My twins have come a long way in the five years since their arrival at only 26 weeks gestation (a whole trimester too early). We celebrated their birthday last week, and one of the books they received as a gift highlights what a milestone age five is: On the Way to Kindergarten by Virginia Kroll.
The book features a family of bears, illustrated by Elisabeth Schlossberg, and describes through rhyme the cub’s milestones from the newborn stage through age five — drinking from a sippy cup, sleeping in a big bed, catching a ball, brushing teeth, and writing his name in “almost a straight line.” At five, the cub is off to kindergarten, where exciting adventures await him.
It’s a sweet book, one that triggered a welcome walk down memory lane of when my daughters reached each of the milestones mentioned. Milestones are a big deal to preemie parents, having been told by our well-meaning NICU doctors, nurses, and therapists to expect developmental delays.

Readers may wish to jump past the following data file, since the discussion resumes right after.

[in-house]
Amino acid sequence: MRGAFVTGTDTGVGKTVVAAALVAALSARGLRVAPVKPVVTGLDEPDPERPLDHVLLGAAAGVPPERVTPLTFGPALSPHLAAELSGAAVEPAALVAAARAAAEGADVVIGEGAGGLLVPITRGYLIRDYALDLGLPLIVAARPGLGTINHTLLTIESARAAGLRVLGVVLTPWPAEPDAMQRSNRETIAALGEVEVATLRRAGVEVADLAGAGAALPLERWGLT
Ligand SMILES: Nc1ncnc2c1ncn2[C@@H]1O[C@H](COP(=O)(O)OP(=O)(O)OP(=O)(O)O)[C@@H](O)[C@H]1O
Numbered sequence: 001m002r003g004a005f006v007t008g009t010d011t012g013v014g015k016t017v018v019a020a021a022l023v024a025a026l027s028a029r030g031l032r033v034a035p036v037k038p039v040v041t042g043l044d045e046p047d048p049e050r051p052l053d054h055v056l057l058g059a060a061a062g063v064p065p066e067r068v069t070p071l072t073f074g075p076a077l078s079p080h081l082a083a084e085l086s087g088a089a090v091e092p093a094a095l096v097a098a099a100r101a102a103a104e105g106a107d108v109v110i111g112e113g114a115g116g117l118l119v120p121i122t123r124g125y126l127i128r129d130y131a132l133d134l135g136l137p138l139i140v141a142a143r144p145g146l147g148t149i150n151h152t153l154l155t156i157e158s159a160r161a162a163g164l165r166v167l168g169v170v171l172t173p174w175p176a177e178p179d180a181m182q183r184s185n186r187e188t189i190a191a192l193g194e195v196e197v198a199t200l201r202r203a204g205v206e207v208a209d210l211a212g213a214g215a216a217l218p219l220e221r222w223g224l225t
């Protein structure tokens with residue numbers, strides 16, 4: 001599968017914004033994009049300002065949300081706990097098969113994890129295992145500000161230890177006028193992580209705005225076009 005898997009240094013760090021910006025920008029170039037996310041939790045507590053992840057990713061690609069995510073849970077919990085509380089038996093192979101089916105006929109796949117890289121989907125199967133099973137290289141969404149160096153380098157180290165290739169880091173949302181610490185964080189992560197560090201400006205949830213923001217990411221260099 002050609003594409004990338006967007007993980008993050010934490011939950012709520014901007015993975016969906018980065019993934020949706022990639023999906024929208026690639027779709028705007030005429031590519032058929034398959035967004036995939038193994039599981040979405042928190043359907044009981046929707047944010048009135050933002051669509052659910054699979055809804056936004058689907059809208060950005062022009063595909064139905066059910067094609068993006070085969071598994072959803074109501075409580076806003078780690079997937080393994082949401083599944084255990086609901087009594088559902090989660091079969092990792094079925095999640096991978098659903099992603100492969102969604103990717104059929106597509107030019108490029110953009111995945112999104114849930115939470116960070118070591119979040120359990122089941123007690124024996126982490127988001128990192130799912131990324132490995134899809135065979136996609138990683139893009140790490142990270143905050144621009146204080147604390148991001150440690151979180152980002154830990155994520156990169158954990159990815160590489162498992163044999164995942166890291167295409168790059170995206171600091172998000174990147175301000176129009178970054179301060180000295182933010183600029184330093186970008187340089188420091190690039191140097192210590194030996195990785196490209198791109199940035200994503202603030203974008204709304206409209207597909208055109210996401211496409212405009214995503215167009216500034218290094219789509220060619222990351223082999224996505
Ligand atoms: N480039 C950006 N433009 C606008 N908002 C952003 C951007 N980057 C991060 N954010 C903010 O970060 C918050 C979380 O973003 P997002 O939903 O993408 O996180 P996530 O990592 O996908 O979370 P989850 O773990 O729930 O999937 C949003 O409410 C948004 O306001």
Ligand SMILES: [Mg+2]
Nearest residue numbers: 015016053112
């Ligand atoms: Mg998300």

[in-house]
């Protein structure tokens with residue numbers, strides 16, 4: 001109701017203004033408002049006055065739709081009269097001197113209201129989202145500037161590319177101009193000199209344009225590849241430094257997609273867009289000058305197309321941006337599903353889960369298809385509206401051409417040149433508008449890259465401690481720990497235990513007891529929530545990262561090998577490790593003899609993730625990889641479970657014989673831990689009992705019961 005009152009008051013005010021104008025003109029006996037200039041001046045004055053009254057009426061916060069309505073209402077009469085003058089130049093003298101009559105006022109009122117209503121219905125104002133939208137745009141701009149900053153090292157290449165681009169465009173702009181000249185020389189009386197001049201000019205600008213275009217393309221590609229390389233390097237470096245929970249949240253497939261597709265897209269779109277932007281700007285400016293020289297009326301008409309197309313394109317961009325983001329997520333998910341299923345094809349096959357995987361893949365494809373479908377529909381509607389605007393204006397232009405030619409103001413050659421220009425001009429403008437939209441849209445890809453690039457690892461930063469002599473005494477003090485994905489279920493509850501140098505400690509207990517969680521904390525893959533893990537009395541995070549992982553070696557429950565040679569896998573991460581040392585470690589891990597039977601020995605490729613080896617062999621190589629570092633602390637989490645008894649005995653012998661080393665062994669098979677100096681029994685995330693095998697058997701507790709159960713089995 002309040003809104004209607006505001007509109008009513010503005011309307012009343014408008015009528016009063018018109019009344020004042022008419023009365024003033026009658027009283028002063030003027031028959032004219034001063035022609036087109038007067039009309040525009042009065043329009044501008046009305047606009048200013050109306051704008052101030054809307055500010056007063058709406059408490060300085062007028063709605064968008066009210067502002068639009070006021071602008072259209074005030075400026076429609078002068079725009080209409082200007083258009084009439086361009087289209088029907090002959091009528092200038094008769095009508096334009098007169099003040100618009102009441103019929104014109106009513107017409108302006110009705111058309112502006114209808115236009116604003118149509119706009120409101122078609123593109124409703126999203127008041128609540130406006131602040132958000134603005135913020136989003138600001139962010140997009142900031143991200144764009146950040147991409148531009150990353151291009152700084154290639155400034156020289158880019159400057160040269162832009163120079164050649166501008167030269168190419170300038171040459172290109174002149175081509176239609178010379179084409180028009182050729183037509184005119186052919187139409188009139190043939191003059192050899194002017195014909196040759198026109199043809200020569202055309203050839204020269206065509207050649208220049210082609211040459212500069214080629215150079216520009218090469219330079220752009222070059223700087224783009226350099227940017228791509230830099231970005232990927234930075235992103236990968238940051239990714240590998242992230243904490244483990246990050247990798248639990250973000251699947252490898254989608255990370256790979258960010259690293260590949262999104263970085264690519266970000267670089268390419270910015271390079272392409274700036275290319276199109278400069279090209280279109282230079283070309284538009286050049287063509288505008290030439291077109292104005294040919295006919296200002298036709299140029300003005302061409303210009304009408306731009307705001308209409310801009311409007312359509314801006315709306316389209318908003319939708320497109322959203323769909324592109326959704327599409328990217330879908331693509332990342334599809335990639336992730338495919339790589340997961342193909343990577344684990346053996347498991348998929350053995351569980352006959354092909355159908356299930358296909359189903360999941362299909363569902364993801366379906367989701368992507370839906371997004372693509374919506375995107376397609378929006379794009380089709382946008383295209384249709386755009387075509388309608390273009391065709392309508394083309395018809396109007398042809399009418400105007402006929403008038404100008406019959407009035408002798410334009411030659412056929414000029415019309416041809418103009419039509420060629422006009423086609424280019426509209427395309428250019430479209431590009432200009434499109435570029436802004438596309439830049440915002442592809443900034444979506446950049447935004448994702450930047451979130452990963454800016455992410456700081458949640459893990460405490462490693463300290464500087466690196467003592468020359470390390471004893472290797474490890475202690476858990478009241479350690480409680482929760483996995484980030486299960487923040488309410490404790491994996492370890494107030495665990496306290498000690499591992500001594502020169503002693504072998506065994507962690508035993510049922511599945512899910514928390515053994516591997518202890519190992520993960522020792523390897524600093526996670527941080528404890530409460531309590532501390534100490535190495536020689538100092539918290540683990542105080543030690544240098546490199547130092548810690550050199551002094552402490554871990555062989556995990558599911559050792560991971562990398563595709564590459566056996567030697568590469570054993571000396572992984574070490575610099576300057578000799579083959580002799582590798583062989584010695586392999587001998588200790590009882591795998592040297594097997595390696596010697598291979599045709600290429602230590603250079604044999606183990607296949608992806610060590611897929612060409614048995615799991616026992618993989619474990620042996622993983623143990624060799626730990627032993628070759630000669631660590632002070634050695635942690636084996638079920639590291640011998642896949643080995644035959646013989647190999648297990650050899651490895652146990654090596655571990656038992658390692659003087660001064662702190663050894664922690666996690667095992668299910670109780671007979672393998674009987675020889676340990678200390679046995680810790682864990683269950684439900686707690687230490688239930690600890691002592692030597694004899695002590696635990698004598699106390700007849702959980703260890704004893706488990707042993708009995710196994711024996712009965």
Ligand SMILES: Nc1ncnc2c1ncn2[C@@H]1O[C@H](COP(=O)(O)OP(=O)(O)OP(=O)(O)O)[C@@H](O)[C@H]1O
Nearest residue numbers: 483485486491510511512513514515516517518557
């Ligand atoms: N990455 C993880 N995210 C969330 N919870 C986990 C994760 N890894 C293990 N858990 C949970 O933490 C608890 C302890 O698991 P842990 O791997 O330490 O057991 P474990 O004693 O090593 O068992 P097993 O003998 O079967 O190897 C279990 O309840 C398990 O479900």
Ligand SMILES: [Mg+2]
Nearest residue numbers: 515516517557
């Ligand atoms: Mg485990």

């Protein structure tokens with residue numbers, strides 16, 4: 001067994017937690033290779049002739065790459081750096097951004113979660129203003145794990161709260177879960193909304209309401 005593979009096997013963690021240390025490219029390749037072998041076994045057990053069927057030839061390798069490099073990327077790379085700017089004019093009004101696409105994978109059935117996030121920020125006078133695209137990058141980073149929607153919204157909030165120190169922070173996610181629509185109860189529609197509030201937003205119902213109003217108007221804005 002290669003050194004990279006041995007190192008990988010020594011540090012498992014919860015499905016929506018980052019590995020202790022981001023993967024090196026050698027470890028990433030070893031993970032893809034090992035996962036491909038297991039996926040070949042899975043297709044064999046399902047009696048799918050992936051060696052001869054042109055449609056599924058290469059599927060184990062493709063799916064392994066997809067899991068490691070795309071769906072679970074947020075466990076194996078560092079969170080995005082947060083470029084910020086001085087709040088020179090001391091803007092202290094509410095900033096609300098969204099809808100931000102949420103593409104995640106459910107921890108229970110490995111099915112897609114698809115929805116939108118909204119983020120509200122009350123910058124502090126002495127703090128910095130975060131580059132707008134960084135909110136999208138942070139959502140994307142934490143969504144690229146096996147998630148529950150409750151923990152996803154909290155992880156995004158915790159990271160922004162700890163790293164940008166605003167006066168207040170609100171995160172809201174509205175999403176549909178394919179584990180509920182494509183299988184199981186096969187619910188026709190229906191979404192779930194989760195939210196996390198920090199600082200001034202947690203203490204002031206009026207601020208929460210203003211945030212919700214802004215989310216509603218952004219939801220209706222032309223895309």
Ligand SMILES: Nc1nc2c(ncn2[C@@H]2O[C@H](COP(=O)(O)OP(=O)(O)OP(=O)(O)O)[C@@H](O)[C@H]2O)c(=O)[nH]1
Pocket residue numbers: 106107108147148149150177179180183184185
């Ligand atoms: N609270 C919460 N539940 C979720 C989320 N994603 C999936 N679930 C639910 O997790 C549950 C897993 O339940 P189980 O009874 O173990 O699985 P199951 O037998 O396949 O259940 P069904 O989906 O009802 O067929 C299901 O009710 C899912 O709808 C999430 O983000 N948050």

Or maybe it’s better to describe On the Way to Kindergarten as a bittersweet book, one that made me realize just how quickly my twins are growing up, because, to quote the end of the book: “… Now [they] are FIVE and… bab[ies] no more!!!!!”
My girls won’t start Kindergarten until September, but turning five still comes with certain privileges. At their preschool, for example, they now have the highly coveted opportunity to slide down the fireman’s pole in the playground, known to the kids as the “five-year-old pole.” My girls are thrilled to have turned five before the majority of their classmates, even though I continue to wish they had been born in March, when they were due.
Other signs of independence will come soon enough: sleepovers, unaccompanied play dates, and with Kindergarten, riding the big yellow bus.
They are big girls now, though if you ask them, “are you big?,” they reply, “I’m medium sized.” In less than a year they’ll be off to the new world of elementary school, a world that is not only challenging, but one that is far more dangerous than it should be, as we saw last week.
It’s harder to protect my babies when they grow up.
*Top image: My daughter’s foot and my husband’s hand.